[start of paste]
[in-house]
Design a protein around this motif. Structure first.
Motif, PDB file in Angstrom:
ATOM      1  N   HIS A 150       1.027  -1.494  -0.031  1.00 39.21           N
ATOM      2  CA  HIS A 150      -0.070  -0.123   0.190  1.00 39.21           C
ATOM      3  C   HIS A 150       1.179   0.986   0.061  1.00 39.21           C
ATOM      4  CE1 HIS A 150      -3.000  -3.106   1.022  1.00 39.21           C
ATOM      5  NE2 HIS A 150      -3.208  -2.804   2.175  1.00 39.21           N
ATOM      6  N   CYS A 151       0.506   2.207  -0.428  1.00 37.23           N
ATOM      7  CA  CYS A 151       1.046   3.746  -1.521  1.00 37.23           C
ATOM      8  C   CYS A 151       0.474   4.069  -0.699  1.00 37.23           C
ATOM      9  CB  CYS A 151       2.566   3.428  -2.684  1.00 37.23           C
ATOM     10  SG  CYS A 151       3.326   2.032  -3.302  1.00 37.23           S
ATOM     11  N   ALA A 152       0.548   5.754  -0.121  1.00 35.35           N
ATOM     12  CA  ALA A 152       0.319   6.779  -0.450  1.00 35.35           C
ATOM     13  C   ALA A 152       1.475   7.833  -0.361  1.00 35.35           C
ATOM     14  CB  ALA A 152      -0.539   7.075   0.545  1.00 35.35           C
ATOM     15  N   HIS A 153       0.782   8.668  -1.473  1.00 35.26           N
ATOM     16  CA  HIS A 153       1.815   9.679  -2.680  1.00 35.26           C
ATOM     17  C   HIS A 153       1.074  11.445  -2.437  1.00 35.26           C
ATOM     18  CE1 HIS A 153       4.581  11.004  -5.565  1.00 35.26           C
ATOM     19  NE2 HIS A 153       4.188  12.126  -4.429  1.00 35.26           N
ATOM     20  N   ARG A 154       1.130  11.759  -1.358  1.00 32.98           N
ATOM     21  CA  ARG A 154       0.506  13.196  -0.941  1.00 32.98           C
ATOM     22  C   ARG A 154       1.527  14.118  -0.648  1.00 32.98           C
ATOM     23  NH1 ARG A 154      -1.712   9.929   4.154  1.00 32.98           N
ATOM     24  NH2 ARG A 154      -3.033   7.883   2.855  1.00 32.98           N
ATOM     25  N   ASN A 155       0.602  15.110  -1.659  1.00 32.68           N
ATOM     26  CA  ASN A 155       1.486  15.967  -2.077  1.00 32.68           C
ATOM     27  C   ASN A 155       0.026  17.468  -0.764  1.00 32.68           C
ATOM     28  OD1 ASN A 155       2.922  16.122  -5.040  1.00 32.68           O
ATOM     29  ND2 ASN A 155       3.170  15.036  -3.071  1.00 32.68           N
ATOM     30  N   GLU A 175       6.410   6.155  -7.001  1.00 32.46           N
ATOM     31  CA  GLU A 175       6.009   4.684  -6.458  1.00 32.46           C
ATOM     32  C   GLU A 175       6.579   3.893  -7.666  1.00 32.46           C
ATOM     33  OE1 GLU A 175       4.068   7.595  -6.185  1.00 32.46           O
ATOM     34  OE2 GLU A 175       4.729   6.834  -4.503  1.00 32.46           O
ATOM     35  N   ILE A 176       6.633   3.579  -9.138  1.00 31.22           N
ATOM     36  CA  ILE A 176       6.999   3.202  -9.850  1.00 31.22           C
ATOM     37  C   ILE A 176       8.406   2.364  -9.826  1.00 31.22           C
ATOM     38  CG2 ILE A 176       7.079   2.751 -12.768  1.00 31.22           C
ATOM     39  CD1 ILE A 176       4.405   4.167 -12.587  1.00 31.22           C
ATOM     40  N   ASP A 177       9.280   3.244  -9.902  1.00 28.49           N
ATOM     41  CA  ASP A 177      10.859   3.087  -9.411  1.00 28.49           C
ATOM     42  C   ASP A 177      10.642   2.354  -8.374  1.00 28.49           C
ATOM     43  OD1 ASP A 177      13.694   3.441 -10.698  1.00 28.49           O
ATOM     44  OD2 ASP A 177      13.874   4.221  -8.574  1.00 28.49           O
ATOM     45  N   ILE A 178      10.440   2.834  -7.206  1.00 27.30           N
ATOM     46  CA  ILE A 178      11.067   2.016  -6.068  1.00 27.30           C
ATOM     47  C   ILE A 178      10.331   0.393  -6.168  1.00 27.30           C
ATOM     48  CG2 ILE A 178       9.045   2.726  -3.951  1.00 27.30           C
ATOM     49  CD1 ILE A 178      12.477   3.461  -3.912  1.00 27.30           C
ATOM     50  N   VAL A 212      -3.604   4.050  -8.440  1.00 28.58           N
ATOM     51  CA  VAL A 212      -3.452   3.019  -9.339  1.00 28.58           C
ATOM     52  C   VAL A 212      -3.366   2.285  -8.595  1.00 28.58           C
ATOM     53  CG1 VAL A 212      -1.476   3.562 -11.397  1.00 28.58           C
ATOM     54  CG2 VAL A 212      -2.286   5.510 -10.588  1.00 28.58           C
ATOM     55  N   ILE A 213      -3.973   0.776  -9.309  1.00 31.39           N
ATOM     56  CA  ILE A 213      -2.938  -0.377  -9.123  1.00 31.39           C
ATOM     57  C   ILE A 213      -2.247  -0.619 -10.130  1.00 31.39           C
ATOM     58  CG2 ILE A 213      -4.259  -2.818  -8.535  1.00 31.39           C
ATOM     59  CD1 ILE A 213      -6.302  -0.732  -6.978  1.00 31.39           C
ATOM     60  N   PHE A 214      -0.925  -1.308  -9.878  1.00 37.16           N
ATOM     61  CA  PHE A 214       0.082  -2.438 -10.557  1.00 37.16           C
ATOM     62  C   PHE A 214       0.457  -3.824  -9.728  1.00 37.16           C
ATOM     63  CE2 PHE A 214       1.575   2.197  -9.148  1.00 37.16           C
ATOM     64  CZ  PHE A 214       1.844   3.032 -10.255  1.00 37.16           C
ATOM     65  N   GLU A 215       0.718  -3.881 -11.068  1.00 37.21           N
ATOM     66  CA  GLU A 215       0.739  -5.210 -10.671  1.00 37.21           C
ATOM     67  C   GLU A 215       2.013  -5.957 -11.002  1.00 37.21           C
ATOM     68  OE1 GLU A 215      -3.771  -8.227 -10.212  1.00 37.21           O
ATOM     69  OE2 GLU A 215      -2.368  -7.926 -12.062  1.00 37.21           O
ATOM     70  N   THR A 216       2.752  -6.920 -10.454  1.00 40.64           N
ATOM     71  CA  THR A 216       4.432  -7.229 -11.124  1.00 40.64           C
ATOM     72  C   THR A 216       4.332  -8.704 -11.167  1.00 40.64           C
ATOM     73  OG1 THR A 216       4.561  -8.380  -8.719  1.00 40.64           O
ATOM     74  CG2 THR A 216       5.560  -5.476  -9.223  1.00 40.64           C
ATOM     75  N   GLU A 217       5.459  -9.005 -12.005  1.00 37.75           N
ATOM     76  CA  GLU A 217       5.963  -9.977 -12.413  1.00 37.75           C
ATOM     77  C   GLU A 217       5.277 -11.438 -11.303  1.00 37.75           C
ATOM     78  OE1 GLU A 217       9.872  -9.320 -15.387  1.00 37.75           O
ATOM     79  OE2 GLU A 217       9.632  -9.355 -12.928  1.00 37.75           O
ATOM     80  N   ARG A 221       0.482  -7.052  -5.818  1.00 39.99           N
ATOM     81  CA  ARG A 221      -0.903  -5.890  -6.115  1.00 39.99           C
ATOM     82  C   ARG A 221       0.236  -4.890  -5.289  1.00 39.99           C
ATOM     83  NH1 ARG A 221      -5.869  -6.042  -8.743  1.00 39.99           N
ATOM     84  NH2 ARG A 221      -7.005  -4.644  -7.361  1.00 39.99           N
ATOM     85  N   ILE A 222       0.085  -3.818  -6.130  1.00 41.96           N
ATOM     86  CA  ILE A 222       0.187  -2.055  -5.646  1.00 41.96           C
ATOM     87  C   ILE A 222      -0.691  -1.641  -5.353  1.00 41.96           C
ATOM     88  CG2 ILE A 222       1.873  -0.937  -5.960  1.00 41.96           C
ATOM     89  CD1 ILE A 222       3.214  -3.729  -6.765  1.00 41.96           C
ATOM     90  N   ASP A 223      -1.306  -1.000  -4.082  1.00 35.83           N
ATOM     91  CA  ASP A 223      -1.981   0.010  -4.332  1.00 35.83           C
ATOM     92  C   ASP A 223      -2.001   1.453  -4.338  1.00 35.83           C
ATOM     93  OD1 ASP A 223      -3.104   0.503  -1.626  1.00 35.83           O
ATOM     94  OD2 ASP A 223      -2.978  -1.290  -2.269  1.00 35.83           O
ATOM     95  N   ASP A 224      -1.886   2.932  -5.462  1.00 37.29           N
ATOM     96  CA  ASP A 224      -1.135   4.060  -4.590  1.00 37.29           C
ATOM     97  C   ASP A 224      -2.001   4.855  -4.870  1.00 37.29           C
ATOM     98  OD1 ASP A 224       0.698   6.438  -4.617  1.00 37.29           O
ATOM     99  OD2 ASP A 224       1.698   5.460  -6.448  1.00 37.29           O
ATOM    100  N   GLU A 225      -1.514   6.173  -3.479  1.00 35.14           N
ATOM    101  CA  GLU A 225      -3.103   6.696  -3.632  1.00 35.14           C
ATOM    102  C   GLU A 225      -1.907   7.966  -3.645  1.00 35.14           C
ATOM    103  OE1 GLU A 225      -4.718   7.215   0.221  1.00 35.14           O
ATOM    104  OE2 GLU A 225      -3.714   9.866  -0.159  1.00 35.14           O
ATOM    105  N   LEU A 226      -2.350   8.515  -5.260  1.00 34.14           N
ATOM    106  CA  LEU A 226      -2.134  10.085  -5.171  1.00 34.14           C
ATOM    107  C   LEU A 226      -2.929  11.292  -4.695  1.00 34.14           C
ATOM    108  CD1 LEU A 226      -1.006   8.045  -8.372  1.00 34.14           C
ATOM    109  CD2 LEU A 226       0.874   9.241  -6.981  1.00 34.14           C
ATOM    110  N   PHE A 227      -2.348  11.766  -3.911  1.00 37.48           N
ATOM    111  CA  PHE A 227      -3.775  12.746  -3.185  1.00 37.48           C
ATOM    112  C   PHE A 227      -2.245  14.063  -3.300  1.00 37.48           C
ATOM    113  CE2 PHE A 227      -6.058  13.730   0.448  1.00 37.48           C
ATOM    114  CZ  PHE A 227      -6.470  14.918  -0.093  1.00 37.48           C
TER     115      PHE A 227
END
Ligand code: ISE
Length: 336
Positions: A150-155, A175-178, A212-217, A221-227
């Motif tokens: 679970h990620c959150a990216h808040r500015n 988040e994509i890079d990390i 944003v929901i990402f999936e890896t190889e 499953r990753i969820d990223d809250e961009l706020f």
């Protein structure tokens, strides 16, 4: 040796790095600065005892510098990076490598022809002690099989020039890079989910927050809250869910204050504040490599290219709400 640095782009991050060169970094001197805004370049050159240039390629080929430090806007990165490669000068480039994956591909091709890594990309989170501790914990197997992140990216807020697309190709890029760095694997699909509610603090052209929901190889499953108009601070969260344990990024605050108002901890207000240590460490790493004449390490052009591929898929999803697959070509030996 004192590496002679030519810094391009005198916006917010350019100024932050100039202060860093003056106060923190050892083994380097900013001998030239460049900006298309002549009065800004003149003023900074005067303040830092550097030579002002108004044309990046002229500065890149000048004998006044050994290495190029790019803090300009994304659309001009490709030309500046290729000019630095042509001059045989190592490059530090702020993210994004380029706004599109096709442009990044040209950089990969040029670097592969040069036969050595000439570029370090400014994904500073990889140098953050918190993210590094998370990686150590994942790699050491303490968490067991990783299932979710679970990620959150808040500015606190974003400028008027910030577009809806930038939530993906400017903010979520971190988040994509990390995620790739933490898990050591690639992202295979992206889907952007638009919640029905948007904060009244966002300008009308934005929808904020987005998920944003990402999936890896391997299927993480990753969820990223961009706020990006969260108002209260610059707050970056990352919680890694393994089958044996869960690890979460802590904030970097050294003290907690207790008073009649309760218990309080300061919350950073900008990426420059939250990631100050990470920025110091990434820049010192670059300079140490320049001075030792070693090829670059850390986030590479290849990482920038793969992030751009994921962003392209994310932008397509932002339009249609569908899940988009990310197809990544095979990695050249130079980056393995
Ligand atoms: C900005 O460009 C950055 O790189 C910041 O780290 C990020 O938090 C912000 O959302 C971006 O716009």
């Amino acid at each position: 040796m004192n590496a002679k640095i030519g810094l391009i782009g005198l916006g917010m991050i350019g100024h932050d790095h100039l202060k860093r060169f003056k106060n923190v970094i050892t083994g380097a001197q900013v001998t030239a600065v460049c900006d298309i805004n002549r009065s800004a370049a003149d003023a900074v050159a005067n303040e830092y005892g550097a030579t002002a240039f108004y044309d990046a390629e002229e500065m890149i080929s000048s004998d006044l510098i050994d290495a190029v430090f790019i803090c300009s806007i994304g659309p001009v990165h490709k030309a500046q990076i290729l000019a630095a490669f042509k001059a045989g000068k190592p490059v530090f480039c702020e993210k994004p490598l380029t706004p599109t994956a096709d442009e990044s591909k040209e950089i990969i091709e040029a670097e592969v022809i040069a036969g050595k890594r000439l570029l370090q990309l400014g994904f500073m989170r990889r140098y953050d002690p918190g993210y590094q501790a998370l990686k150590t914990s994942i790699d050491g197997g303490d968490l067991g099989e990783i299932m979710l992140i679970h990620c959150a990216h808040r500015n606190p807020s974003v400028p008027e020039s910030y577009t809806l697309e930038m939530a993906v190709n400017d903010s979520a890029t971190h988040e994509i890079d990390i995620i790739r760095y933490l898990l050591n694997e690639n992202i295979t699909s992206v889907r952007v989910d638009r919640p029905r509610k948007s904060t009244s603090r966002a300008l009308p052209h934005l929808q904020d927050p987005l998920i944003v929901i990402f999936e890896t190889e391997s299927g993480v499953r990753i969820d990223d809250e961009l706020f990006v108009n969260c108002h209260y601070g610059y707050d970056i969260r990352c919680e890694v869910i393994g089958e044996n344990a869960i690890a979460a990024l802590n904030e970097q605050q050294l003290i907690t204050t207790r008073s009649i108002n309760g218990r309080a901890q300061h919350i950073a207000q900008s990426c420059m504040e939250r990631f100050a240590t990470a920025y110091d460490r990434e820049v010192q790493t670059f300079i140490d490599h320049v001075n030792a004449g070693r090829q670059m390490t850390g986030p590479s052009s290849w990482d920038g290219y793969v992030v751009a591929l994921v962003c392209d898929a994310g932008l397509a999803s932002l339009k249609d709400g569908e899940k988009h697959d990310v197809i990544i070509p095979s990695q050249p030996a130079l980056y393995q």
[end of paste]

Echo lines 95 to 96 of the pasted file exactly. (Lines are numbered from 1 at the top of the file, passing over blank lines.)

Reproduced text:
ATOM     92  C   ASP A 223      -2.001   1.453  -4.338  1.00 35.83           C
ATOM     93  OD1 ASP A 223      -3.104   0.503  -1.626  1.00 35.83           O